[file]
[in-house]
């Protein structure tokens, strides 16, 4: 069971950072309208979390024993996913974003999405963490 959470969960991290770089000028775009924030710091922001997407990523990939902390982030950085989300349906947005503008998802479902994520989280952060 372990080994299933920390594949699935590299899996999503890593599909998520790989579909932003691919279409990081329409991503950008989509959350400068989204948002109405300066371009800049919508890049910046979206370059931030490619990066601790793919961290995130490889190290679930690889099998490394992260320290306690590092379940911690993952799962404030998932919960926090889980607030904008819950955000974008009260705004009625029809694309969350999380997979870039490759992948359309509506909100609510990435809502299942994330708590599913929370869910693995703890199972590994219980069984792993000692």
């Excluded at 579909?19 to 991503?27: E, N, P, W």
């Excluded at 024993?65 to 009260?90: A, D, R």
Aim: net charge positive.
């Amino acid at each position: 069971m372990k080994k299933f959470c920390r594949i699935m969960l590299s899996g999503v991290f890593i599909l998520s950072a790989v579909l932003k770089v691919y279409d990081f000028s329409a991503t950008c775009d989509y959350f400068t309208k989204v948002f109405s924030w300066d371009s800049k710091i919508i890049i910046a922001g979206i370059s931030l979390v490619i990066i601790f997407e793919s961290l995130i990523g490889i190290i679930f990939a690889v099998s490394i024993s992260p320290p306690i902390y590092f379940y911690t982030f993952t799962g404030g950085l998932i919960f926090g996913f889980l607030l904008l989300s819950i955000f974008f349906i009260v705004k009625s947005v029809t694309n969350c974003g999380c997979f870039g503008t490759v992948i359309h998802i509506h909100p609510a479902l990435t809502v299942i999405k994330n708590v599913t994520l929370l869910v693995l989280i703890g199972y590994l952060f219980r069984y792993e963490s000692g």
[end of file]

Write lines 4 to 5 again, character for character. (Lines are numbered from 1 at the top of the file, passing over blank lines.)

């Excluded at 024993?65 to 009260?90: A, D, R």
Aim: net charge positive.